Google also continues to improve its HDR algorithms which result in images that look incredibly stunning, but in limited conditions. Daytime shots obviously look brilliant, with plenty of dynamic range in the final JPG with a medley of colours. However, if you’re shooting in very strong lighting (like the mid-day sun) with the foreground in significant shadow, expect there to be noticeable halation around the edges of the subjects. Details are well preserved, which was nice to see. When the light begins to dwindle, that’s when things get interesting. Since Google is blending multiple shots together, the EXIF data on low light photos show very low ISO numbers. So imagine my surprise when I pull up a photo shot in the dead of the night, showing visible noise, with an ISO number of 264. All photos shot in low light showed unreasonably low ISO numbers, and there’s nothing we can do about it. However, what is visible in the photos, however, is great illumination. Typically, photos shot in low light tend to be underexposed, but on the Pixel 3 XL, that is not the case. Photos shot in low light are well exposed, however, they do suffer from aggressive noise reduction. The result is images that look good on a small screen, but look at them on a larger display and you start to notice the painting-line effect that runs across the image. What is definitely nice though is the fact that the Pixel 3 XL can shoot in portrait mode even in low light since it doesn’t rely on a telephoto lens with a small aperture.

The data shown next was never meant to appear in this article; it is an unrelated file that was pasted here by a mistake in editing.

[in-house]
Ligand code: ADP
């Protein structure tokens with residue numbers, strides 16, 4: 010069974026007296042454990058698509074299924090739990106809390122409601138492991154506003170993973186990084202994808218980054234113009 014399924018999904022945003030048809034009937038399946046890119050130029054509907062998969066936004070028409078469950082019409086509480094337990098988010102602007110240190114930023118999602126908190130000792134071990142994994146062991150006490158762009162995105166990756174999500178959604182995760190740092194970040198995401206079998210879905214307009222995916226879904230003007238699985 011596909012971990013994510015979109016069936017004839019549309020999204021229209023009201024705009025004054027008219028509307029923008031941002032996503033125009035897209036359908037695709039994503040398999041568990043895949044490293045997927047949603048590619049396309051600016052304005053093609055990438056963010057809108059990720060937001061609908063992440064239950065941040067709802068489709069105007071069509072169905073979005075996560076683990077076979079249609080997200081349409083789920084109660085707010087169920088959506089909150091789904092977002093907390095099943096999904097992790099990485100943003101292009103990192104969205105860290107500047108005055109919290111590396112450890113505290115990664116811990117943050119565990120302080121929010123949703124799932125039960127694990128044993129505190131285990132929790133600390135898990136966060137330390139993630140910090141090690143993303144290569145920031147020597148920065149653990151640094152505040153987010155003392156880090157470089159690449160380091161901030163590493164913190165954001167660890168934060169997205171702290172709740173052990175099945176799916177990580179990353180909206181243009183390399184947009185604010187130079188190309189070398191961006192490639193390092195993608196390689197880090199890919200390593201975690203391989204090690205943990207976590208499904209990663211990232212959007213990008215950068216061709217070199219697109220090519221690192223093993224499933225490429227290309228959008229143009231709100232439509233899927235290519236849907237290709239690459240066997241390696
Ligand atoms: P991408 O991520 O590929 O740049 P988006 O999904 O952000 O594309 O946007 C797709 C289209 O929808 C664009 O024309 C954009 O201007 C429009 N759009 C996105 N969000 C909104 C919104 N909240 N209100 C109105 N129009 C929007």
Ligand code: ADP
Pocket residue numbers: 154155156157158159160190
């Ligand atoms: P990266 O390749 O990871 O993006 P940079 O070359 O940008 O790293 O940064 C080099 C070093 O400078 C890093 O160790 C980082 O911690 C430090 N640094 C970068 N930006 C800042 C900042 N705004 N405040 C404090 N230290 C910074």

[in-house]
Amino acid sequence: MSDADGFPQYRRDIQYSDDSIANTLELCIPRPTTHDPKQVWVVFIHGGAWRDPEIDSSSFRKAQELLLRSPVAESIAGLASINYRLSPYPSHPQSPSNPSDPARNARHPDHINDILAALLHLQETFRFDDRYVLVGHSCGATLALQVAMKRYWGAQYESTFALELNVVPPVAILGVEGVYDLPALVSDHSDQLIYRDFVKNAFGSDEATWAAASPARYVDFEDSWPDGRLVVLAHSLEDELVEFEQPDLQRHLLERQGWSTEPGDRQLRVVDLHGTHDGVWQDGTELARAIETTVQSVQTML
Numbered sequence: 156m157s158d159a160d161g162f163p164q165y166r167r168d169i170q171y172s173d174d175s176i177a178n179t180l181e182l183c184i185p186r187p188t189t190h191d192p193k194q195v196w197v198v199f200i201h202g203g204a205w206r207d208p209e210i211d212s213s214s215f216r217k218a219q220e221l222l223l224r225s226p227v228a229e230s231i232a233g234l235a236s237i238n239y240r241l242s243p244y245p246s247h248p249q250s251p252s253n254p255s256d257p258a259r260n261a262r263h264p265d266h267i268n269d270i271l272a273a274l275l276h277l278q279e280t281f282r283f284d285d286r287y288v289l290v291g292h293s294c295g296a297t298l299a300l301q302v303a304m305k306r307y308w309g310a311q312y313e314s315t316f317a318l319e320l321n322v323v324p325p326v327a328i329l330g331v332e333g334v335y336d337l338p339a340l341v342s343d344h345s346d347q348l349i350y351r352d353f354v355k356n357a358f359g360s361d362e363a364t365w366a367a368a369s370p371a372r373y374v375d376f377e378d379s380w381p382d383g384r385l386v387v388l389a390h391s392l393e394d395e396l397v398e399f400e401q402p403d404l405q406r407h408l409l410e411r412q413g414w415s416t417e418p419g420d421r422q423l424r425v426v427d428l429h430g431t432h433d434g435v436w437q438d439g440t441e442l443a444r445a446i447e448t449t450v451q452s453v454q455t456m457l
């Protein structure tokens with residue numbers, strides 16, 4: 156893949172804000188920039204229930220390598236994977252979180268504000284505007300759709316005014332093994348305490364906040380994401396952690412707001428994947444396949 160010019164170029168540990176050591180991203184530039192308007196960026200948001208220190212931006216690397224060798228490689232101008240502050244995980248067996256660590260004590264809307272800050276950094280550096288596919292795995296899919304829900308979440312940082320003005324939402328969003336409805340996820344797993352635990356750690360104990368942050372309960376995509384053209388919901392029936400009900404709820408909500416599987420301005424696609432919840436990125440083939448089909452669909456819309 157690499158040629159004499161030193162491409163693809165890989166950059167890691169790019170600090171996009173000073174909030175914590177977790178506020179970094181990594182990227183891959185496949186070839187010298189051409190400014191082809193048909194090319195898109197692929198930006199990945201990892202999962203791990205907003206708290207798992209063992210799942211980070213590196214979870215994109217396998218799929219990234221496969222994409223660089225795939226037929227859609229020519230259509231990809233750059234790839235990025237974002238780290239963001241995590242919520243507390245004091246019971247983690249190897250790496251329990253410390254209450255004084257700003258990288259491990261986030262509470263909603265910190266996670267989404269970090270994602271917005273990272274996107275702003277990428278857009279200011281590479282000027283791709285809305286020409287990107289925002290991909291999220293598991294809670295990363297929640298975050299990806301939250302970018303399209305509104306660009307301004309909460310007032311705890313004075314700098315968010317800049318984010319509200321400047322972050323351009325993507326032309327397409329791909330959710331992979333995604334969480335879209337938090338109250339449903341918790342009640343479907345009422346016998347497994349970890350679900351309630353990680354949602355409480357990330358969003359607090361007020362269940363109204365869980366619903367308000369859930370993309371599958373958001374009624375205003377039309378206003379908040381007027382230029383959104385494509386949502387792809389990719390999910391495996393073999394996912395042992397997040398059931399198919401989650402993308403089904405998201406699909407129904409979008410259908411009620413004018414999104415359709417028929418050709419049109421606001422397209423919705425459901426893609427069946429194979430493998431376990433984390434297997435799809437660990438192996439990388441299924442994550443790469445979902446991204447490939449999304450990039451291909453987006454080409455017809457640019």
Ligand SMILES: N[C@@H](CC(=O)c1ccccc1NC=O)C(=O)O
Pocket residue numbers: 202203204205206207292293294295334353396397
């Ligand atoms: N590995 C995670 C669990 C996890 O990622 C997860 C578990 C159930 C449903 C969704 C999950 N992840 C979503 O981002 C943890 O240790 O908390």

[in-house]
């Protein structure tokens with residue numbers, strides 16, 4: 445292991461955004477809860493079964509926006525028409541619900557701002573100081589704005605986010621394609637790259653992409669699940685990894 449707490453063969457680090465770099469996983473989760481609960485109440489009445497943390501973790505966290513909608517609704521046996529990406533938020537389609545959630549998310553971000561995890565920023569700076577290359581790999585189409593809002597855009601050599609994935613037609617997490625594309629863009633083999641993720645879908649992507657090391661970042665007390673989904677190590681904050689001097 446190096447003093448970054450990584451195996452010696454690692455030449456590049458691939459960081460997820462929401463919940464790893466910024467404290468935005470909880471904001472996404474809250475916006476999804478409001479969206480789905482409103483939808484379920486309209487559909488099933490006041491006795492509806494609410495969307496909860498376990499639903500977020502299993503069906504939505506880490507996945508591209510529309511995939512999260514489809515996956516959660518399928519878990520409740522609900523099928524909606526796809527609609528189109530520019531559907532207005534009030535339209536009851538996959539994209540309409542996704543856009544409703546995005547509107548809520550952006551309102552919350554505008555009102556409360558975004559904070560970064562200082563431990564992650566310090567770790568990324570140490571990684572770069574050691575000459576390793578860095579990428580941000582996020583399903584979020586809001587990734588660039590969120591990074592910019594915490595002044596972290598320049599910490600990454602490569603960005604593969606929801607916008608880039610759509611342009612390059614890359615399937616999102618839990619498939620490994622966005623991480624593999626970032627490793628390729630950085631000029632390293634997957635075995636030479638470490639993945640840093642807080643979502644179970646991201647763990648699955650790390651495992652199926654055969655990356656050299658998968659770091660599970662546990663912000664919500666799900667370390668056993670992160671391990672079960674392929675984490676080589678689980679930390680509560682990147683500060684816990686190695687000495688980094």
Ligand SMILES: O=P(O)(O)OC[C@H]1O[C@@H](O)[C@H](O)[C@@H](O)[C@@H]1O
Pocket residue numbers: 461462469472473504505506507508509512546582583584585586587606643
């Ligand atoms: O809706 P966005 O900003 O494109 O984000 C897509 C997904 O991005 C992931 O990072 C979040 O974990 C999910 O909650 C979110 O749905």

The Google Pixel 3 XL also boasts of an improved autofocusing system, one that is now capable of subject tracking. In my experience, this is incredibly helpful and is a feature that every other flagship smartphone should implement at the earliest. Basically, if you tap on the screen to lock focus on a particular subject, you can move the camera around in any axis and the Pixel will keep the focus locked. This is especially helpful if you find yourself having to recompose your shot, which everyone has to do sometime, because you won’t have to tap on the screen again to lock focus. This feature works equally well even in low light. Focus tracking is most effective for subjects that are big enough to cover the focus circle, meaning they will have to either be close or really big. Tracking smaller subjects is hard and really fast-moving subjects like an over-energetic dog is even harder. Focus tracking ideally works well to correct the hand-movement that can sometimes make a photo go out of focus.